Reactive magnetron sputtering

Hard material coatings and decorative coatings based on aluminium, titanium, zirconium, chromium and ceramics are applied (sputtered) to tools, components and other products using the reactive magnetron sputtering process.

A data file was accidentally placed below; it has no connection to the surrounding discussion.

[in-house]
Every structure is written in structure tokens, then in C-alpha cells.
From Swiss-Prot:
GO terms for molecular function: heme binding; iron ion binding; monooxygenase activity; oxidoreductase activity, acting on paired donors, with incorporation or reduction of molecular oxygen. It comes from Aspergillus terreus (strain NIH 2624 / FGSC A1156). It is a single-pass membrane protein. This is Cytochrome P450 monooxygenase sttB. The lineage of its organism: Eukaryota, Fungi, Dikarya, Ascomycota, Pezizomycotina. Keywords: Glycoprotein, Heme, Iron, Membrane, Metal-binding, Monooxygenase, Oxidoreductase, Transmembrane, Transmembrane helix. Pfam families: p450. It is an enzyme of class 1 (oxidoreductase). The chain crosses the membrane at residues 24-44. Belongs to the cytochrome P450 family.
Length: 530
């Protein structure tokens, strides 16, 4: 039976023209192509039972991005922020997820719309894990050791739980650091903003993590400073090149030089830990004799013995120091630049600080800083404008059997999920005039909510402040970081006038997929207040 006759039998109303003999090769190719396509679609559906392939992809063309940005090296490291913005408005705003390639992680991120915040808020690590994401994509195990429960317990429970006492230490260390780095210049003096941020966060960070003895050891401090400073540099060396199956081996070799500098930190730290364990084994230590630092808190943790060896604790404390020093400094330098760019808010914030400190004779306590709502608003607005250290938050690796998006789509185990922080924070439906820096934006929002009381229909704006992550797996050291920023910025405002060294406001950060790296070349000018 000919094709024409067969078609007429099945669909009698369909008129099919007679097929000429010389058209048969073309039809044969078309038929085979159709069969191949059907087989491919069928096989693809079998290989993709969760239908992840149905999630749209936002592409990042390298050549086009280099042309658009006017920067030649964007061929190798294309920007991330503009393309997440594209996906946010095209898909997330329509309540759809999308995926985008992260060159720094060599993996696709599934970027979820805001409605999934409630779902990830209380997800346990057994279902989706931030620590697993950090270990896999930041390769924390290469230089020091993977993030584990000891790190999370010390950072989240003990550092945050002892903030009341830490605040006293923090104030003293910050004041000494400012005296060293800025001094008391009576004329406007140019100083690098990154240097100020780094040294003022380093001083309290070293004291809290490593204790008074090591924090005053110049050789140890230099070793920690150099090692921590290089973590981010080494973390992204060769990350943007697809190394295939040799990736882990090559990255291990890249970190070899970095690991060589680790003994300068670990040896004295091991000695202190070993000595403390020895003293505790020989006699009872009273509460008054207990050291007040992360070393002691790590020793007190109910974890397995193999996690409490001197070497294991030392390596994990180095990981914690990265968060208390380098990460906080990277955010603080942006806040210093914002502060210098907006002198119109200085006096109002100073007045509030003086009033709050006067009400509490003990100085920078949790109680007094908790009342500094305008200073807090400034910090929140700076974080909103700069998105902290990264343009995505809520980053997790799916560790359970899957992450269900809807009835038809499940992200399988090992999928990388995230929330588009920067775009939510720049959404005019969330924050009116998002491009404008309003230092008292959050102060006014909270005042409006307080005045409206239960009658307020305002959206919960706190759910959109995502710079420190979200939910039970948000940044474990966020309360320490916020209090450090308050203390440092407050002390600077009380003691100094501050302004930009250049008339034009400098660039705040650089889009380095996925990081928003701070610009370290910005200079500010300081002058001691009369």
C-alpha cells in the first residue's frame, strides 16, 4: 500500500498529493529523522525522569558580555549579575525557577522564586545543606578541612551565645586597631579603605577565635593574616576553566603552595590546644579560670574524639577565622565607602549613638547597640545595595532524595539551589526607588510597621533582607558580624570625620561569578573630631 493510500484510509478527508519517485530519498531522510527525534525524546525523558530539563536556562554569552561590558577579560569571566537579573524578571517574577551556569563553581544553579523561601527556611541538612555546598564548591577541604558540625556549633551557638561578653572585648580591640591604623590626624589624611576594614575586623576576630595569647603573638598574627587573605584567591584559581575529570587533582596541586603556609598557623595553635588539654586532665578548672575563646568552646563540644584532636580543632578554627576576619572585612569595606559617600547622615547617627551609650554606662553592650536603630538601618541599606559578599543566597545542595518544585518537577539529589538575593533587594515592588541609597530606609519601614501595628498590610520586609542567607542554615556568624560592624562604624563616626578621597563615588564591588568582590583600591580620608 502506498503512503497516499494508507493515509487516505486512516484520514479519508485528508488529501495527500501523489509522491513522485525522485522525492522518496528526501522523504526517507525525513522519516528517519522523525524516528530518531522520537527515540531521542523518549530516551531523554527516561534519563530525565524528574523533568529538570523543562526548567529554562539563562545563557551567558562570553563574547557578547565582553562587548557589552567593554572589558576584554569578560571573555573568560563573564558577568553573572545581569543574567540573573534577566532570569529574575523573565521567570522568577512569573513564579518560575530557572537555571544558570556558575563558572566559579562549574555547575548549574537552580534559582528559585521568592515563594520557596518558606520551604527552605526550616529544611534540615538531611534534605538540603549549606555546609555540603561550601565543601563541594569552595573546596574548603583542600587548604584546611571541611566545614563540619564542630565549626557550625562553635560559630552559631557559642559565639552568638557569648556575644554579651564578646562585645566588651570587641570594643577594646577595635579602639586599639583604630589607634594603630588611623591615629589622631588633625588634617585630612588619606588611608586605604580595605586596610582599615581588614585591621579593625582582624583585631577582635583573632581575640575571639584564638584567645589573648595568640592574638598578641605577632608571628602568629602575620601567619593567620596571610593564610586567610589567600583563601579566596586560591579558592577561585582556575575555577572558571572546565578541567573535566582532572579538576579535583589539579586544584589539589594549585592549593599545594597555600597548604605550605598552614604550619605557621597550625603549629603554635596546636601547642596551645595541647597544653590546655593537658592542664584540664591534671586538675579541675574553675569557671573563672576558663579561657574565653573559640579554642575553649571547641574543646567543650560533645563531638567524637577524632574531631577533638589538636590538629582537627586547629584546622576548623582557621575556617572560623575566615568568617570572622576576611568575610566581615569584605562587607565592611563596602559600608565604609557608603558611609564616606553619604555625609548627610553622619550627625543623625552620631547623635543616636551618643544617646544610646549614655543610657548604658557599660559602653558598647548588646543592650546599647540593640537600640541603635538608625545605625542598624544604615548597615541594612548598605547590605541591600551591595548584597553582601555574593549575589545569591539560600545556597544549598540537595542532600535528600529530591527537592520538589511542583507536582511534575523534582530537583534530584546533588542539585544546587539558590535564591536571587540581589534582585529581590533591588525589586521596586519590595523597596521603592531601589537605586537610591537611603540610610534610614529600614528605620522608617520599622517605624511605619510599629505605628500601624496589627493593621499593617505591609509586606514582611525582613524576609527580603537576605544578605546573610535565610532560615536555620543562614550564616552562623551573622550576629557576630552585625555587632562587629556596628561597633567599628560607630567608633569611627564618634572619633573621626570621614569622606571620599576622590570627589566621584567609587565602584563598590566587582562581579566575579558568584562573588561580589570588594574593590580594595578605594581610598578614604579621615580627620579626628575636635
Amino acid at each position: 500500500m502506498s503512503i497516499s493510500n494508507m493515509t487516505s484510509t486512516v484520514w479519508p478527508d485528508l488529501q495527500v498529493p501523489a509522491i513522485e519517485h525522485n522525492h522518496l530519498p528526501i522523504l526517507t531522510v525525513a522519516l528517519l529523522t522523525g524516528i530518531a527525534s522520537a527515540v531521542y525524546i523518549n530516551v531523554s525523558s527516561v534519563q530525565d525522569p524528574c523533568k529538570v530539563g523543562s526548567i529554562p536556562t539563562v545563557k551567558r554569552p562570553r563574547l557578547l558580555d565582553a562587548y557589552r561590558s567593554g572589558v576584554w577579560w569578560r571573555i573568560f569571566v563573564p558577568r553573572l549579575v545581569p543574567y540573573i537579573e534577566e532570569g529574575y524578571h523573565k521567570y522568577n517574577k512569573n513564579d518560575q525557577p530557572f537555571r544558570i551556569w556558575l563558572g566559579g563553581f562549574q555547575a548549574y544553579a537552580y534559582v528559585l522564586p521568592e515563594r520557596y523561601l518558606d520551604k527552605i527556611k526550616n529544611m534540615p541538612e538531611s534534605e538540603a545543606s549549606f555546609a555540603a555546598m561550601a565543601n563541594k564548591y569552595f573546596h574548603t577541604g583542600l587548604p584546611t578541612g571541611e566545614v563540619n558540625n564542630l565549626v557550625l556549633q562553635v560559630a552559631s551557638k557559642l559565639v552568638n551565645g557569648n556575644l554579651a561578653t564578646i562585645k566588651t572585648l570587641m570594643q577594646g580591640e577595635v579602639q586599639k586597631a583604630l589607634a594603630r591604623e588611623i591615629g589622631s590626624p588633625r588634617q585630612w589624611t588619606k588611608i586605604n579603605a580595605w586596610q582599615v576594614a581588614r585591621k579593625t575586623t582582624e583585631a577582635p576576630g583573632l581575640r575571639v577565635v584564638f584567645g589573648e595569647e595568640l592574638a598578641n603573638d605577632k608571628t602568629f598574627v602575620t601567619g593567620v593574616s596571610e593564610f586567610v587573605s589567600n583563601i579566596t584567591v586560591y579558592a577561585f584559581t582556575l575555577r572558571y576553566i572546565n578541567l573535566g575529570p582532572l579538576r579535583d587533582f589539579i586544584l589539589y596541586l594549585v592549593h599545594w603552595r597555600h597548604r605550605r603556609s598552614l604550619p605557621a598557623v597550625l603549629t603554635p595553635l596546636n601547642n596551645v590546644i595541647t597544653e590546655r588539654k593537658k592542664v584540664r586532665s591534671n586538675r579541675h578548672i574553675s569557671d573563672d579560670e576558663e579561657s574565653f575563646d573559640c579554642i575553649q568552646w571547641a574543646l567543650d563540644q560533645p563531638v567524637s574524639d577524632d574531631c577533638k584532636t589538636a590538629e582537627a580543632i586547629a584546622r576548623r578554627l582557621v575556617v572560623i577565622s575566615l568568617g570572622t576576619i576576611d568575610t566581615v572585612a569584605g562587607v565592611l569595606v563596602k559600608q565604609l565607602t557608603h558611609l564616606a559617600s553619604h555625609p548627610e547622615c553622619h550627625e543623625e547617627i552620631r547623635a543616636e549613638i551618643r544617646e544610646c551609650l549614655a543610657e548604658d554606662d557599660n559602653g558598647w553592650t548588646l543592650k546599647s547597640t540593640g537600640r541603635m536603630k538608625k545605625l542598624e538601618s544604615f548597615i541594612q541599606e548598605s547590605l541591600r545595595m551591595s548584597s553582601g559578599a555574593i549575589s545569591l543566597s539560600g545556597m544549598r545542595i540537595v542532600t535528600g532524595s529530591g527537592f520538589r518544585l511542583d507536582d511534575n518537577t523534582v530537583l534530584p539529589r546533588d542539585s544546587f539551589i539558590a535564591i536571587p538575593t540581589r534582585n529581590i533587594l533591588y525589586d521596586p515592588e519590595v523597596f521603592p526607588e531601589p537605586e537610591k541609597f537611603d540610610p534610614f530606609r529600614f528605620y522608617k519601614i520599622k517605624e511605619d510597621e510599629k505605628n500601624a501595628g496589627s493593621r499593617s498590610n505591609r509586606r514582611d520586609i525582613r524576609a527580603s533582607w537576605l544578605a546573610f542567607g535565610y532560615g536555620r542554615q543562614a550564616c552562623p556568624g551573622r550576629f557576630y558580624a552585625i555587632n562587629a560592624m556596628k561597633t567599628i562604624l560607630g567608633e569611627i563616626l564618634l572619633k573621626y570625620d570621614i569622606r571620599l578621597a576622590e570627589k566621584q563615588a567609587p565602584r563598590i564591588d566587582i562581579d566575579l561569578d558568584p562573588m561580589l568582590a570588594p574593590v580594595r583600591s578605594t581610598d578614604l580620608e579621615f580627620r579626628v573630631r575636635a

Inside a vacuum chamber, the coating material is placed opposite the product that is to be coated. The chamber is filled with argon gas and a voltage of several hundred volts is applied. This ignites a plasma consisting of positively charged argon particles (argon ions) and free electrons. The positively charged argon ions are accelerated towards the negatively charged cathode. Here they collide with the surface of the target with a high kinetic energy of up to several hundred electron volts (eV). This causes the argon particles to dislodge atoms from the surface of the sputtering target. A potential is now applied between the vacuum chamber and the substrate. This accelerates the particles from the hard material in the direction of the workpiece that is to be coated. Here, they react with a reactive gas that is fed in externally (nitrogen, carbon or oxygen) and are deposited on the workpiece as a fine nitride, carbide or oxide hard-material layer.